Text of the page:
I have been thinking about terrorism a lot lately. And I think, like the systems ecologist that I am, that terrorism has a distinct ecology. Simply put, the networks of global and regional terror love to inhabit certain socio-economic and ecological localities.
I also think that in a complex ecosystem comprising a myriad of other “life forms”, terrorism is managed in a very sophisticated manner. It is managed in the style ecologists would refer to as resilience–based ecosystem management. For instance, Al Qaeda, Taliban or Al–Shabab take systems perspective of their base and understand that it is a complex and coupled socio-economic system in which poverty, illiteracy, unemployment, corruption, women’s rights (especially keeping girls out of school and women out of work) and religious fundamentalism are critical system components.
The leaders of the terror networks understand transformation, threshold and feedback. They understand, in a very practical way, the non-linear relationships among poverty, illiteracy, unemployment, delinquency and how these play out to recruit the next pool of suicide bombers.
Moreover, the terrorists know better than to let a good crisis go to waste. Taliban and Al Qaeda followers were out provide relief, rescue and comfort to the Pakistani flood victims while the Pakistani president was out shopping. They understand the language of incentives, carrot and sticks. They make lofty and sensual promises to suicide bombers.
To get a more nuanced perspective of the ecology of terror networks consider for a moment where these networks are active; Yemen, the mountains of North Waziristan, Pakistan, Afghanistan and Somalia. I am not sure why these networks are not robust in the Emirates, Saudi Arabia, Egypt and Libya or Tunisia.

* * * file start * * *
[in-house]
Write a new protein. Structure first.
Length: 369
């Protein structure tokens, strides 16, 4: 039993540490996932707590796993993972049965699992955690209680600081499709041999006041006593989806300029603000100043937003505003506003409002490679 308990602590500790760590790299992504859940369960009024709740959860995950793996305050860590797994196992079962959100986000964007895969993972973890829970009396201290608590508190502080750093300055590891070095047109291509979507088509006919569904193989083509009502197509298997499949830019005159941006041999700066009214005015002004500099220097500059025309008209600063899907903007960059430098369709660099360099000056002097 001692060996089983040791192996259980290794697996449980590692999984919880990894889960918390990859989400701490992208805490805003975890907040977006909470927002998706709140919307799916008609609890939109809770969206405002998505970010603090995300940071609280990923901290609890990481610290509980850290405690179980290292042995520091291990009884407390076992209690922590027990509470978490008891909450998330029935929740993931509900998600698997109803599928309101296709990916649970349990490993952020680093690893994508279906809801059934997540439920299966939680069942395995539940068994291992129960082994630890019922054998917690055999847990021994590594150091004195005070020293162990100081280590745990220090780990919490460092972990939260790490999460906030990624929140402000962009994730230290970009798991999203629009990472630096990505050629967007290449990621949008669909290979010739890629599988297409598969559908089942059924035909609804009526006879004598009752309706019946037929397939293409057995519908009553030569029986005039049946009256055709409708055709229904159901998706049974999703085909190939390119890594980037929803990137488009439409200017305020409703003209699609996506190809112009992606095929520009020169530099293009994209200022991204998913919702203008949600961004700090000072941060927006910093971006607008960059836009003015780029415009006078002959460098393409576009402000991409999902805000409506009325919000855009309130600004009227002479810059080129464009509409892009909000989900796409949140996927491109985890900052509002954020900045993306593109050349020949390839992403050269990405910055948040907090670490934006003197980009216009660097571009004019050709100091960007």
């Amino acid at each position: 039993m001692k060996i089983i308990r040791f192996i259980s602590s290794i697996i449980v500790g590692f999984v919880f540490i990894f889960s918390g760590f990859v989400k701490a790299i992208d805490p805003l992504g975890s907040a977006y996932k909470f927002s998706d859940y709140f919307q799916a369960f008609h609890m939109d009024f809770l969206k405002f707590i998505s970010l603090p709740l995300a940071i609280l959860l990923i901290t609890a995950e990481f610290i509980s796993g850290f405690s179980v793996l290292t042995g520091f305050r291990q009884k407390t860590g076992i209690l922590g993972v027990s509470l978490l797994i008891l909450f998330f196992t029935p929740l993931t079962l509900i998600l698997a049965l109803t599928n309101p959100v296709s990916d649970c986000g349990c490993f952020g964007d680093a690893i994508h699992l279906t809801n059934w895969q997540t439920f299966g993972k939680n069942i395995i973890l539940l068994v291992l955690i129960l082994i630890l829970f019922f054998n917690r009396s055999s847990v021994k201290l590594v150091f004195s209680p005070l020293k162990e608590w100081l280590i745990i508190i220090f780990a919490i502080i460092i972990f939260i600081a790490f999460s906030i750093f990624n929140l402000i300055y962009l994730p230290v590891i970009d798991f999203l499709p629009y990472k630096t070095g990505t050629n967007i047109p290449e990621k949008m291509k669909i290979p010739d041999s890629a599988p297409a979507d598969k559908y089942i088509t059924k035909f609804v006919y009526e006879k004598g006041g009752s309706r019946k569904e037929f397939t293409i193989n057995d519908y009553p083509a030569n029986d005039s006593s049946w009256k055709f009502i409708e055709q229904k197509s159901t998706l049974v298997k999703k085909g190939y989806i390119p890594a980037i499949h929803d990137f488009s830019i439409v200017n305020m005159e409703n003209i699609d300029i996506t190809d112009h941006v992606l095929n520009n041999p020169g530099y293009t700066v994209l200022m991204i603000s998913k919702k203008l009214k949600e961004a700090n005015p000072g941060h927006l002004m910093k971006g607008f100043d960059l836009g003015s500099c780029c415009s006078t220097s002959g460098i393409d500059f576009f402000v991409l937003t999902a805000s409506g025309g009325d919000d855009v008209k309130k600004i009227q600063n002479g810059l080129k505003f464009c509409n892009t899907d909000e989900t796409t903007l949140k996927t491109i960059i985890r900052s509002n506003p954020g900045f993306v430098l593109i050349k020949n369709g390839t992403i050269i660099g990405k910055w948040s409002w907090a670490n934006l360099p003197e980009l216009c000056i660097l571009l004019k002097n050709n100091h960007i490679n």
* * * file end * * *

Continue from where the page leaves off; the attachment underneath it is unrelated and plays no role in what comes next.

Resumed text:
These terror networks, in my opinion need a critical aggregation of poverty, grievance, religious delusion and more importantly, hopelessness in the now and hence a compulsive yearning for an after life.
The anti terrorism measures must understand the “ecosystem” logic of terrorism. The drones, although successful, will not end terrorism. I am not sure that providing oodles of aid money will dismantle the terror networks. Aid might just slow down things a little bit.
But there are deep socio-economic problems in Pakistan that no amount of aid or military intervention can solve. These are the control of land and politics. Feudal lords dominate Pakistan’s political structure. Most of the political parties are feudal oriented and a significant majority of the National Assembly is dominated by these kinds of people. Moreover, the same feudal lords hold most of the key executive posts in the provinces.
The feudal lords, by virtue of their ownership and control of such vast amounts of land and human resources, are powerful enough to influence the distribution of water, fertilizers, tractor permits and agricultural credit and, consequently exercise considerable influence over the revenue, police and judicial administration.
In a system such as the one , I would sign up for the Taliban any day. And no drones or official development assistance dollars would stop me.